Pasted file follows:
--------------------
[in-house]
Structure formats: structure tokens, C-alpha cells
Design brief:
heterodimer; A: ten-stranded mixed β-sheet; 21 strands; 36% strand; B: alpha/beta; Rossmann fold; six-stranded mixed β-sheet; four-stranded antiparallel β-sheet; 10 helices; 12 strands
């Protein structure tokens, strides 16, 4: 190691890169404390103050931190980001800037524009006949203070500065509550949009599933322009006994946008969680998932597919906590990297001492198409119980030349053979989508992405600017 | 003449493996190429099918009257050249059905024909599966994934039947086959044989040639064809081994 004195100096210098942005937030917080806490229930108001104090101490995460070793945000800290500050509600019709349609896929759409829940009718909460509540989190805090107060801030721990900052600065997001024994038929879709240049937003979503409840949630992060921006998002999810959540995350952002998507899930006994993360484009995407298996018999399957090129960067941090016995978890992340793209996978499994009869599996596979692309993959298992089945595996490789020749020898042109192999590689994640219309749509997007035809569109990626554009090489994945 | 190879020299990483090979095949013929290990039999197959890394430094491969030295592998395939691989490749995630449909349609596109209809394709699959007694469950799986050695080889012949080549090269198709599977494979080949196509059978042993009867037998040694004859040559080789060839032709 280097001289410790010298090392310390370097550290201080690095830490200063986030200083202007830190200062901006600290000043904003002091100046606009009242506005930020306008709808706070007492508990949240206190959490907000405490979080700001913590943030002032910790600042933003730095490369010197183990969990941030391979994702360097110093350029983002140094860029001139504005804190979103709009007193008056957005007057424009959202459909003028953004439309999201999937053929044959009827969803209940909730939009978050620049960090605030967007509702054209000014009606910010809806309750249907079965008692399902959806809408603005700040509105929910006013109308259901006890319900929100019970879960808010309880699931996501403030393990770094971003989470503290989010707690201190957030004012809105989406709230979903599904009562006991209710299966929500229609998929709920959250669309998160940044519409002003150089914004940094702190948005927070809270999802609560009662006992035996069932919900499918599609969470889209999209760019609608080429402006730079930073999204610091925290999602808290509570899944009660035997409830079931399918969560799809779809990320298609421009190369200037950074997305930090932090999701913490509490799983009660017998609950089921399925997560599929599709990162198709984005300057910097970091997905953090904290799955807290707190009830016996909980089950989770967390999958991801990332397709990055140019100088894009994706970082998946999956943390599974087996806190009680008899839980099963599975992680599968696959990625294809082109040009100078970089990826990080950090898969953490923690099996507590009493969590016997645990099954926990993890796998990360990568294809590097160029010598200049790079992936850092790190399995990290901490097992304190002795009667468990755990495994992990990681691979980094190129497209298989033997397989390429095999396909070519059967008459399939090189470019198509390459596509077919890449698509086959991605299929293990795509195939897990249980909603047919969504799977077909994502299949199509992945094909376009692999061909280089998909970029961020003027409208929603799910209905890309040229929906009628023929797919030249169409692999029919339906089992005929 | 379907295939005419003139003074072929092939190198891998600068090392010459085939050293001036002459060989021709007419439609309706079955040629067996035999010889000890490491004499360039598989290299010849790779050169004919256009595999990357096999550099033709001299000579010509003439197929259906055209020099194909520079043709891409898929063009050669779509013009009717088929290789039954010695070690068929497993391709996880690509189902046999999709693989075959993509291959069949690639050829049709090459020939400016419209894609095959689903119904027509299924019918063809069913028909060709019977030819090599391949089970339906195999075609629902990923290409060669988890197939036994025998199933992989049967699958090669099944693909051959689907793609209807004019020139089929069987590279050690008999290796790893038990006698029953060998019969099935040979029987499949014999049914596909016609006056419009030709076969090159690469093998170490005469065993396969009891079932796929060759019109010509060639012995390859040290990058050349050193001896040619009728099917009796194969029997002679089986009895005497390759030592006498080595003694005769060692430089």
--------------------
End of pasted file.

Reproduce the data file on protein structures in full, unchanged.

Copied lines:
[in-house]
Structure formats: structure tokens, C-alpha cells
Design brief:
heterodimer; A: ten-stranded mixed β-sheet; 21 strands; 36% strand; B: alpha/beta; Rossmann fold; six-stranded mixed β-sheet; four-stranded antiparallel β-sheet; 10 helices; 12 strands
């Protein structure tokens, strides 16, 4: 190691890169404390103050931190980001800037524009006949203070500065509550949009599933322009006994946008969680998932597919906590990297001492198409119980030349053979989508992405600017 | 003449493996190429099918009257050249059905024909599966994934039947086959044989040639064809081994 004195100096210098942005937030917080806490229930108001104090101490995460070793945000800290500050509600019709349609896929759409829940009718909460509540989190805090107060801030721990900052600065997001024994038929879709240049937003979503409840949630992060921006998002999810959540995350952002998507899930006994993360484009995407298996018999399957090129960067941090016995978890992340793209996978499994009869599996596979692309993959298992089945595996490789020749020898042109192999590689994640219309749509997007035809569109990626554009090489994945 | 190879020299990483090979095949013929290990039999197959890394430094491969030295592998395939691989490749995630449909349609596109209809394709699959007694469950799986050695080889012949080549090269198709599977494979080949196509059978042993009867037998040694004859040559080789060839032709 280097001289410790010298090392310390370097550290201080690095830490200063986030200083202007830190200062901006600290000043904003002091100046606009009242506005930020306008709808706070007492508990949240206190959490907000405490979080700001913590943030002032910790600042933003730095490369010197183990969990941030391979994702360097110093350029983002140094860029001139504005804190979103709009007193008056957005007057424009959202459909003028953004439309999201999937053929044959009827969803209940909730939009978050620049960090605030967007509702054209000014009606910010809806309750249907079965008692399902959806809408603005700040509105929910006013109308259901006890319900929100019970879960808010309880699931996501403030393990770094971003989470503290989010707690201190957030004012809105989406709230979903599904009562006991209710299966929500229609998929709920959250669309998160940044519409002003150089914004940094702190948005927070809270999802609560009662006992035996069932919900499918599609969470889209999209760019609608080429402006730079930073999204610091925290999602808290509570899944009660035997409830079931399918969560799809779809990320298609421009190369200037950074997305930090932090999701913490509490799983009660017998609950089921399925997560599929599709990162198709984005300057910097970091997905953090904290799955807290707190009830016996909980089950989770967390999958991801990332397709990055140019100088894009994706970082998946999956943390599974087996806190009680008899839980099963599975992680599968696959990625294809082109040009100078970089990826990080950090898969953490923690099996507590009493969590016997645990099954926990993890796998990360990568294809590097160029010598200049790079992936850092790190399995990290901490097992304190002795009667468990755990495994992990990681691979980094190129497209298989033997397989390429095999396909070519059967008459399939090189470019198509390459596509077919890449698509086959991605299929293990795509195939897990249980909603047919969504799977077909994502299949199509992945094909376009692999061909280089998909970029961020003027409208929603799910209905890309040229929906009628023929797919030249169409692999029919339906089992005929 | 379907295939005419003139003074072929092939190198891998600068090392010459085939050293001036002459060989021709007419439609309706079955040629067996035999010889000890490491004499360039598989290299010849790779050169004919256009595999990357096999550099033709001299000579010509003439197929259906055209020099194909520079043709891409898929063009050669779509013009009717088929290789039954010695070690068929497993391709996880690509189902046999999709693989075959993509291959069949690639050829049709090459020939400016419209894609095959689903119904027509299924019918063809069913028909060709019977030819090599391949089970339906195999075609629902990923290409060669988890197939036994025998199933992989049967699958090669099944693909051959689907793609209807004019020139089929069987590279050690008999290796790893038990006698029953060998019969099935040979029987499949014999049914596909016609006056419009030709076969090159690469093998170490005469065993396969009891079932796929060759019109010509060639012995390859040290990058050349050193001896040619009728099917009796194969029997002679089986009895005497390759030592006498080595003694005769060692430089």